Background: Ageing populations and health-care staff shortages encourage efforts in primary care to recognise and prevent health deterioration and acute hospitalisation in community-dwelling older adults. The PATINA algorithm and decision-support tool alerts home-based-care nurses to older adults at risk of hospitalisation. The study aim was to test whether use of the PATINA tool was associated with changes in health-care use. Methods: An open-label, stepped-wedge, cluster-randomised controlled trial was done in three Danish municipalities, covering 20 area teams providing home-based care to around 7000 recipients. During a period of 12 months, area teams were randomly assigned to an intervention crossover for older adults (aged 65 years or older) who received care at home. The primary outcome was hospitalisation within 30 days of identification by the algorithm as being at risk of hospitalisation. Secondary outcomes were hospital readmission and other hospital contacts, outpatient contacts, contact with primary care physicians (PCPs), temporary care, and death, within 30 days of identification. This study was registered at ClinicalTrials.gov (NTC04398797). Findings: In total, 2464 older adults participated in the study: 1216 (49·4%) in the control phase and 1248 (50·6%) in the intervention phase. In the control phase, 102 individuals were hospitalised within 30 days during 33 943 days of risk (incidence 0·09 per 30 days), compared with 118 individuals within 34 843 days of risk (0·10 per 30 days) during the intervention phase. The intervention was not associated with a reduction in the number of first hospitalisations within 30 days (incidence rate ratio [IRR] 1·10 [90% CI 0·90–1·40]; p=0·28). Furthermore it was not associated with reduced rates of other hospital contacts (IRR 1·10 [95% CI 0·90–1·40]; p=0·28), outpatient contacts (1·10 [0·88–1·40]; p=0·42), or mortality (0·82 [0·58–1·20]; p=0·25). The intervention was associated with a 59% reduction in readmissions within 30 days of hospital discharge (IRR 0·41 [95% CI 0·24–0·68]; p=0·0007), a 140% increase in contacts with PCPs (2·40 [1·18–3·20]; p<0·0001), and a 150% increase in use of temporary care (2·50 [1·40–4·70]; p=0·0027). Interpretation: Despite having no effect on the primary outcome, the PATINA tool showed other benefits for older adults receiving home-based care. Such algorithms have the potential to shift health-care use from secondary to primary care but need to be tested in other home-based care settings. Implementation of algorithms in clinical practice should be informed by analysis of cost-effectiveness and potential harms as well as the benefits. Funding: Innovation Fund Denmark and Region of Southern Denmark. Translations: For the Danish, French and German translations of the abstract see Supplementary Materials section.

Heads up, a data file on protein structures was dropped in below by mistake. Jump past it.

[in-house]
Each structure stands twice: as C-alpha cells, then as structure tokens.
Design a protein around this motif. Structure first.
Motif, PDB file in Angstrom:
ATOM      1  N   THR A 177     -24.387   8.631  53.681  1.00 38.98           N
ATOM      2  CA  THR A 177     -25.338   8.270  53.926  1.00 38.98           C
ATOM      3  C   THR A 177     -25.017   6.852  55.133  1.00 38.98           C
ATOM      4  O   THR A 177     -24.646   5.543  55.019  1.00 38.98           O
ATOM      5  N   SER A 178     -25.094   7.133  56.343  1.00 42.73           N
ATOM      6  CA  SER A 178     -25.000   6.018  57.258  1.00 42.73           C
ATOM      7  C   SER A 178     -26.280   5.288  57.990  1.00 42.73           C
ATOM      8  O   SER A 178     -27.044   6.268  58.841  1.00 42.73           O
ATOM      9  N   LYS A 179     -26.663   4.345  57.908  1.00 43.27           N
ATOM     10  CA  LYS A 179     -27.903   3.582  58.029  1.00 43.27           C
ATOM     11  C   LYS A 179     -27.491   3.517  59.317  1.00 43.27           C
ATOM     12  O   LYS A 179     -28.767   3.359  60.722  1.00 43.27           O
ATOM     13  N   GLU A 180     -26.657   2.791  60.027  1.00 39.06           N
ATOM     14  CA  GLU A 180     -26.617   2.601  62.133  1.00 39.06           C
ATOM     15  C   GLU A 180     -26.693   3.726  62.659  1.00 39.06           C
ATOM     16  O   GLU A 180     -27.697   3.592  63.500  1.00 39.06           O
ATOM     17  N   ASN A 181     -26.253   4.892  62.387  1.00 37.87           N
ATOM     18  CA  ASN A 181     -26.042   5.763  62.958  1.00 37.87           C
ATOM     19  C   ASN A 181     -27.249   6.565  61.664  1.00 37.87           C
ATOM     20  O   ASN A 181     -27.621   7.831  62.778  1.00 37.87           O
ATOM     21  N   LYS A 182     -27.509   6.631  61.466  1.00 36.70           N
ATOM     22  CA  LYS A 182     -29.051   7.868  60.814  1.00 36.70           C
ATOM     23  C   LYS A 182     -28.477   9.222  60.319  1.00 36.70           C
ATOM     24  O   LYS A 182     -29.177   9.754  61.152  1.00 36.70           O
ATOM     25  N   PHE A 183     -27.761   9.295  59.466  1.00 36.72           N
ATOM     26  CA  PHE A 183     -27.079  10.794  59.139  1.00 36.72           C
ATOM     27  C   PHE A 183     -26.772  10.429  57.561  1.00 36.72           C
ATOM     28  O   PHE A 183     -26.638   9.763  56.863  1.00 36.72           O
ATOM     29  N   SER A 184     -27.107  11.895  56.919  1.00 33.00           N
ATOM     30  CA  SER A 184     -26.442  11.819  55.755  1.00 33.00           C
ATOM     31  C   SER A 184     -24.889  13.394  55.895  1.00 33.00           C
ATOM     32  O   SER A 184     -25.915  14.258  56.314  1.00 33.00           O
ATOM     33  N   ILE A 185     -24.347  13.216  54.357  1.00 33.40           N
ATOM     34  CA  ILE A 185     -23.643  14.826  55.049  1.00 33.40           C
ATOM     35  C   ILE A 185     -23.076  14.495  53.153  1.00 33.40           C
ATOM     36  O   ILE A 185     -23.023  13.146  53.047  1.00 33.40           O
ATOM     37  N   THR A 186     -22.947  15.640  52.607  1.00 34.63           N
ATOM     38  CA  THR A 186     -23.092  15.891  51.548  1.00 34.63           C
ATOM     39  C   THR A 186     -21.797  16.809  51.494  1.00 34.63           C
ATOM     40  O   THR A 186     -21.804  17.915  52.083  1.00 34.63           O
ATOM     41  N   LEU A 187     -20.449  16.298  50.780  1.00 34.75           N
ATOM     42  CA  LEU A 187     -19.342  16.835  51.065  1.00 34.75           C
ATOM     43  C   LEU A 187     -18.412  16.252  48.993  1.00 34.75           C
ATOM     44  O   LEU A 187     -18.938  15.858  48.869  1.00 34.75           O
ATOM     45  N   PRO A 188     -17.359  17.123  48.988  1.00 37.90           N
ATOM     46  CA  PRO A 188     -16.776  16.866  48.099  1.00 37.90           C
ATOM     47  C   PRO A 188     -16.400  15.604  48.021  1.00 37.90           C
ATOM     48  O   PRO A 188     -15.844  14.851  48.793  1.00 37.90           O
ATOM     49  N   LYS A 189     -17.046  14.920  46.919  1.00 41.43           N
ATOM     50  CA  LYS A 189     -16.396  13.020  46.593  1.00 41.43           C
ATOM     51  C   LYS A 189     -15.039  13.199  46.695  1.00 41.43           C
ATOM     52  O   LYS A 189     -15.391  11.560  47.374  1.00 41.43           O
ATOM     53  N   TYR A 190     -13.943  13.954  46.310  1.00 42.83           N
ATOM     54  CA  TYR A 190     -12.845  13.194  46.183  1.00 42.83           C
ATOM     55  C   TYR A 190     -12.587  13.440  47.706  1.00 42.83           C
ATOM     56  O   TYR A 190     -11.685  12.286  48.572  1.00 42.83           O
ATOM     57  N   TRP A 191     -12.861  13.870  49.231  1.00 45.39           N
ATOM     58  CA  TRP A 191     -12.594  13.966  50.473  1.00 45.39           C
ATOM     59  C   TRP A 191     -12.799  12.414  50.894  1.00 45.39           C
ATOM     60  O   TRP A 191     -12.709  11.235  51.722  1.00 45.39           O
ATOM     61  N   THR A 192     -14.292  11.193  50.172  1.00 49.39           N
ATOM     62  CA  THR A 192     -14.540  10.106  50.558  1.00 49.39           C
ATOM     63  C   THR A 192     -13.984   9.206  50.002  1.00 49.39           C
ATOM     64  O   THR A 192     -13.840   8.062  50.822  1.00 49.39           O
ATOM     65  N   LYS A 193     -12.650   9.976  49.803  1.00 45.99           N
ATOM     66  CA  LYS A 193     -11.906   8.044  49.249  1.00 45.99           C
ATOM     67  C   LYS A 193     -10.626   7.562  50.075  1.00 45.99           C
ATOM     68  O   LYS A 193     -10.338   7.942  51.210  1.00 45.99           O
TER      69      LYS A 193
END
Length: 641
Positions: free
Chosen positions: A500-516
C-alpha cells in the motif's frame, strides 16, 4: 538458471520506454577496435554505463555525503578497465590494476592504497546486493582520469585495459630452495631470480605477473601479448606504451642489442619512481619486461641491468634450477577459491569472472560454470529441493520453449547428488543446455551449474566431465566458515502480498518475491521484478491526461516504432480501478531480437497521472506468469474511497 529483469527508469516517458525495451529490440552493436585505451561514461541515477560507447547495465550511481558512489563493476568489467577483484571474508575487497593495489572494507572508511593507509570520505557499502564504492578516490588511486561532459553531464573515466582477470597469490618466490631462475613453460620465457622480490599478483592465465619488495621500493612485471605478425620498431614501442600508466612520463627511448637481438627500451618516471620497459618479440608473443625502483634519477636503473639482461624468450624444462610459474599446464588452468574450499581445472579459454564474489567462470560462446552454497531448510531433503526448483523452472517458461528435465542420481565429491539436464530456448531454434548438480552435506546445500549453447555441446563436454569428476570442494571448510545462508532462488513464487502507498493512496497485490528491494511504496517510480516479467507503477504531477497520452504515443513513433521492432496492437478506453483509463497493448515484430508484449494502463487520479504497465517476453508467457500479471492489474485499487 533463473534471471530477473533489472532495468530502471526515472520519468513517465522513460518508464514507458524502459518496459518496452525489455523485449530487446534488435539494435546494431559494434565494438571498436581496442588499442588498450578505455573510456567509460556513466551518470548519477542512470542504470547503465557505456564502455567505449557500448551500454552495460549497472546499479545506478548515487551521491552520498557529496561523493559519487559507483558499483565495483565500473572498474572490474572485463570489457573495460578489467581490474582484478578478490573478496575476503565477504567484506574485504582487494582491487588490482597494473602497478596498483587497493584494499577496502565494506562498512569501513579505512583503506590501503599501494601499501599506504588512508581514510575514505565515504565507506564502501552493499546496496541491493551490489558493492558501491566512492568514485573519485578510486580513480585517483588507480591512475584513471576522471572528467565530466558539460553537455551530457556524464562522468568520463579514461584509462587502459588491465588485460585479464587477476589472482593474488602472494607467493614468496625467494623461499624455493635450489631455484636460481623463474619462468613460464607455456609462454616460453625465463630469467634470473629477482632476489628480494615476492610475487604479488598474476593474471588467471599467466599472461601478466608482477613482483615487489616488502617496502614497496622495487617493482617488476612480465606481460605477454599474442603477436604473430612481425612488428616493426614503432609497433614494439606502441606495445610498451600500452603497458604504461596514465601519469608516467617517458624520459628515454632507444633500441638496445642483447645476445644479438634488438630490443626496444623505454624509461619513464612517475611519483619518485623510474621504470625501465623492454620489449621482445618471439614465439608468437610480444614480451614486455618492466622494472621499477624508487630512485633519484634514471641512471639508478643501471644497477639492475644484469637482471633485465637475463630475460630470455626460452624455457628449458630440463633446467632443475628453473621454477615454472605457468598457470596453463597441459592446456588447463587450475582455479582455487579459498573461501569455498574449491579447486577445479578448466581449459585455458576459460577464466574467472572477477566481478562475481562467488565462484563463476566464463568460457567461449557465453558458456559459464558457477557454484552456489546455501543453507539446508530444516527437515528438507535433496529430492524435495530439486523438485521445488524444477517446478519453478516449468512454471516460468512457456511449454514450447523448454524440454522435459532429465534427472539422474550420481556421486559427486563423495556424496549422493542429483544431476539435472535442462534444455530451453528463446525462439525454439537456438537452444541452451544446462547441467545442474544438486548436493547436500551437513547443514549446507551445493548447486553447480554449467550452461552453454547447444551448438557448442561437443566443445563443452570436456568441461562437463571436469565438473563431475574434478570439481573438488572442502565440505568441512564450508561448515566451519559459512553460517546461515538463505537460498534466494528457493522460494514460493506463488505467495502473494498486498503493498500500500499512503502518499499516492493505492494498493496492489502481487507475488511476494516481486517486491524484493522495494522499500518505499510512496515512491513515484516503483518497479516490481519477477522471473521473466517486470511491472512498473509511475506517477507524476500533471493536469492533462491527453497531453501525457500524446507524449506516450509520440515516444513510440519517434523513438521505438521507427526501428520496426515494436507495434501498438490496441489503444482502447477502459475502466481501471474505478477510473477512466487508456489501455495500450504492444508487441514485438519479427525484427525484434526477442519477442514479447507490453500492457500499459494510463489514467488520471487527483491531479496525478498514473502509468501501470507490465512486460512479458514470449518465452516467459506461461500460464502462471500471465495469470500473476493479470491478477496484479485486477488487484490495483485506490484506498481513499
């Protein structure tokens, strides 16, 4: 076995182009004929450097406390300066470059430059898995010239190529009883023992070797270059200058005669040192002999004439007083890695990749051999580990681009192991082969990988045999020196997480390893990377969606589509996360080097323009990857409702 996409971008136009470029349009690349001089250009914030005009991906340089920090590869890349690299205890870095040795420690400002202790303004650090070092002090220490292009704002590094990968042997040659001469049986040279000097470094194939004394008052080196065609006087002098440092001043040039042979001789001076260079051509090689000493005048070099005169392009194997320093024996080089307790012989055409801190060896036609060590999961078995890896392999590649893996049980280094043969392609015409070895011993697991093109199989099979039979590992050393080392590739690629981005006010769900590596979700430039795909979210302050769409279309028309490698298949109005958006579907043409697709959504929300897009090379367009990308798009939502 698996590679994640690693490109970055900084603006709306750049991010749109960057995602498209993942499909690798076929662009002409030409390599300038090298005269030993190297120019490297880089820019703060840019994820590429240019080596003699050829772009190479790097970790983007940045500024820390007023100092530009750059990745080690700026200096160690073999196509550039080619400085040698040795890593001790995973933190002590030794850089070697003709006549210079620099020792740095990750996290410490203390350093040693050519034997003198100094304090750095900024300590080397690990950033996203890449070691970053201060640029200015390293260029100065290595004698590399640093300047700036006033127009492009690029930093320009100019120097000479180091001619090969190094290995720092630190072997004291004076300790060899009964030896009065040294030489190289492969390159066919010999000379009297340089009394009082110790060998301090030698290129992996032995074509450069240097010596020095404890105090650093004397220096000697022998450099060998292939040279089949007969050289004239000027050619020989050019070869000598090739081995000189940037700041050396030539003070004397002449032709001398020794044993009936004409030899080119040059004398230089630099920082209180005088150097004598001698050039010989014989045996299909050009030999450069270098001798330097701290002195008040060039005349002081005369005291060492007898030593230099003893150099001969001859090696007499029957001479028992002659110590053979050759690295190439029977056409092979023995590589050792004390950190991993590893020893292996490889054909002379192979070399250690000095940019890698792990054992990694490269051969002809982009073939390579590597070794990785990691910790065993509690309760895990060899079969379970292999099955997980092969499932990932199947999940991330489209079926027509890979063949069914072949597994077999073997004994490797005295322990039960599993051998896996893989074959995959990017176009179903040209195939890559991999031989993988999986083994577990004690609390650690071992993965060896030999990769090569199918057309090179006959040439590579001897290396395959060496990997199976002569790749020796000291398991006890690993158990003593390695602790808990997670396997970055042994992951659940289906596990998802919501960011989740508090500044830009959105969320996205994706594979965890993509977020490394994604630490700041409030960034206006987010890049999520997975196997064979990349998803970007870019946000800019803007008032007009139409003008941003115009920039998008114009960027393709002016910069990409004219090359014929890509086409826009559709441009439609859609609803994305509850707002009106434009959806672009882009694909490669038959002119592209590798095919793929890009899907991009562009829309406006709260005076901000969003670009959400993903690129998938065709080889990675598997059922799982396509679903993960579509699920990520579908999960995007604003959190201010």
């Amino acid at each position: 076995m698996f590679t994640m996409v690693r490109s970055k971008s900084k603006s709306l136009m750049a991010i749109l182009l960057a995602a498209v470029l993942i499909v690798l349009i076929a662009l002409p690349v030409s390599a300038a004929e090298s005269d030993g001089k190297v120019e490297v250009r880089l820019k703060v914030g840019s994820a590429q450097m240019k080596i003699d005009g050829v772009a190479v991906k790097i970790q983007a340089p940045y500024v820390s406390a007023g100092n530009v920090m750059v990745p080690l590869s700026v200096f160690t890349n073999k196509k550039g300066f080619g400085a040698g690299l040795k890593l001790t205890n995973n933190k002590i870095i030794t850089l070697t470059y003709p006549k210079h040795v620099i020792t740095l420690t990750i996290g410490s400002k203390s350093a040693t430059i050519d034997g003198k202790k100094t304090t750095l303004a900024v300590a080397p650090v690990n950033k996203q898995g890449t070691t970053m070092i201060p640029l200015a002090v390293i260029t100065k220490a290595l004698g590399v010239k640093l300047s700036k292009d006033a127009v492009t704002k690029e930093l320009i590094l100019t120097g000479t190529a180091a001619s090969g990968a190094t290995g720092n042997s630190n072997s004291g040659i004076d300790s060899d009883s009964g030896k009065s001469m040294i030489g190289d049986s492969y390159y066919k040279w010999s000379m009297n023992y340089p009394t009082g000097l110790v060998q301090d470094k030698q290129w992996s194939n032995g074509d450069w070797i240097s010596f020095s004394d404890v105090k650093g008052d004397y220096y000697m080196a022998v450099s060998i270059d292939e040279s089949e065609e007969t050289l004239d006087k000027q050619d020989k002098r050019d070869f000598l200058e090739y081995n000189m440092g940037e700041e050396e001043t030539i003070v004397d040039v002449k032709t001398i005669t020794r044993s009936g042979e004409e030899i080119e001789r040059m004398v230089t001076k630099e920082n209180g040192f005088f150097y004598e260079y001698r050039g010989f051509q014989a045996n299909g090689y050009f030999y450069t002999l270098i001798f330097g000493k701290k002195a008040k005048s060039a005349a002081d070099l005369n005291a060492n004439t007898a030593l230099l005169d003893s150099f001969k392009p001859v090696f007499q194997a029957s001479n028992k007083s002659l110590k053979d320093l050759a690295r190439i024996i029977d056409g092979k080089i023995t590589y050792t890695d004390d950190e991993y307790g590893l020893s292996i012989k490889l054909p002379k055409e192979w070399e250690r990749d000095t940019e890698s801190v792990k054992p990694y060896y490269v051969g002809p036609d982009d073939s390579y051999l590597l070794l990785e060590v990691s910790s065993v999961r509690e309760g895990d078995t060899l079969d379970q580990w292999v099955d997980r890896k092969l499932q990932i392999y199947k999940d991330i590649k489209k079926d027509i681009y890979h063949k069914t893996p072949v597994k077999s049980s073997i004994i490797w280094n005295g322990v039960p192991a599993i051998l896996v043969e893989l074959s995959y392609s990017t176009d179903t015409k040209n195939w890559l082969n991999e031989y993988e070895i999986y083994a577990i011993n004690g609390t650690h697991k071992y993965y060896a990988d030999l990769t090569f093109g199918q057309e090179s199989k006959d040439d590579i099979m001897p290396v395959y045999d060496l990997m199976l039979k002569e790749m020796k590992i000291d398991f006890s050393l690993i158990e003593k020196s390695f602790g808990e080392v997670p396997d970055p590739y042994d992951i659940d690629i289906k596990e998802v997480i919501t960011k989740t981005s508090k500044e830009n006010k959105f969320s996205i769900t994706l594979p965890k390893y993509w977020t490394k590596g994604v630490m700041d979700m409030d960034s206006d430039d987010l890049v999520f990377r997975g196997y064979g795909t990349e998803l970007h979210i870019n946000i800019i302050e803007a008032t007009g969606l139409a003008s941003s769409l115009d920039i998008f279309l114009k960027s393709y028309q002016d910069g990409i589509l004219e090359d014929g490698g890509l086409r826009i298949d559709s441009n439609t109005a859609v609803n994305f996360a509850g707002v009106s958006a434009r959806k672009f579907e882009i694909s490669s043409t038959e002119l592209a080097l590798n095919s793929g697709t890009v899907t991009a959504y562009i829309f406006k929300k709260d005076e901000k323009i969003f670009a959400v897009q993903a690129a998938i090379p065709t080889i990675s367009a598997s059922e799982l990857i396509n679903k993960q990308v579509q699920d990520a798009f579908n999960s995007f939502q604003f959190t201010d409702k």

Original languageEnglish
JournalThe Lancet Healthy Longevity
Issue number4
Pages (from-to)e132-e142
Publication statusPublished - 30. Apr 2023


  • Aged
  • Denmark/epidemiology
  • Hospitalization
  • Humans
  • Independent Living
  • Patient Discharge
  • Patient Readmission


Dive into the research topics of 'Structured decision support to prevent hospitalisations of community-dwelling older adults in Denmark (PATINA): an open-label, stepped-wedge, cluster-randomised controlled trial'. Together they form a unique fingerprint.

Cite this